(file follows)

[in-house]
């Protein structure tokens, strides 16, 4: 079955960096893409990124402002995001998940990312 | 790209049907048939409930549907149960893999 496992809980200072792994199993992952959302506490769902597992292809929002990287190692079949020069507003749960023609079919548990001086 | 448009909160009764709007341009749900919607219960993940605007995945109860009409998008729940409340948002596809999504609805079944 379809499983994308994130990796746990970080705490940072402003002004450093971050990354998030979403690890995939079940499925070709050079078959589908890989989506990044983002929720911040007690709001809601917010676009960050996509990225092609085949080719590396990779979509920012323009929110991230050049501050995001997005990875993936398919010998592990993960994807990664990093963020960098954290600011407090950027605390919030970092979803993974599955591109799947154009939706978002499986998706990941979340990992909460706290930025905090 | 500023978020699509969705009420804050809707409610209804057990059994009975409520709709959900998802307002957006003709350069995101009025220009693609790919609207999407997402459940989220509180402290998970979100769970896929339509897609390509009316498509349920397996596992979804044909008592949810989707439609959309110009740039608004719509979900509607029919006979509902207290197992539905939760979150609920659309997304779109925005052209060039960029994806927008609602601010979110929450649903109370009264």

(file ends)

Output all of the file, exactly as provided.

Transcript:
[in-house]
């Protein structure tokens, strides 16, 4: 079955960096893409990124402002995001998940990312 | 790209049907048939409930549907149960893999 496992809980200072792994199993992952959302506490769902597992292809929002990287190692079949020069507003749960023609079919548990001086 | 448009909160009764709007341009749900919607219960993940605007995945109860009409998008729940409340948002596809999504609805079944 379809499983994308994130990796746990970080705490940072402003002004450093971050990354998030979403690890995939079940499925070709050079078959589908890989989506990044983002929720911040007690709001809601917010676009960050996509990225092609085949080719590396990779979509920012323009929110991230050049501050995001997005990875993936398919010998592990993960994807990664990093963020960098954290600011407090950027605390919030970092979803993974599955591109799947154009939706978002499986998706990941979340990992909460706290930025905090 | 500023978020699509969705009420804050809707409610209804057990059994009975409520709709959900998802307002957006003709350069995101009025220009693609790919609207999407997402459940989220509180402290998970979100769970896929339509897609390509009316498509349920397996596992979804044909008592949810989707439609959309110009740039608004719509979900509607029919006979509902207290197992539905939760979150609920659309997304779109925005052209060039960029994806927008609602601010979110929450649903109370009264």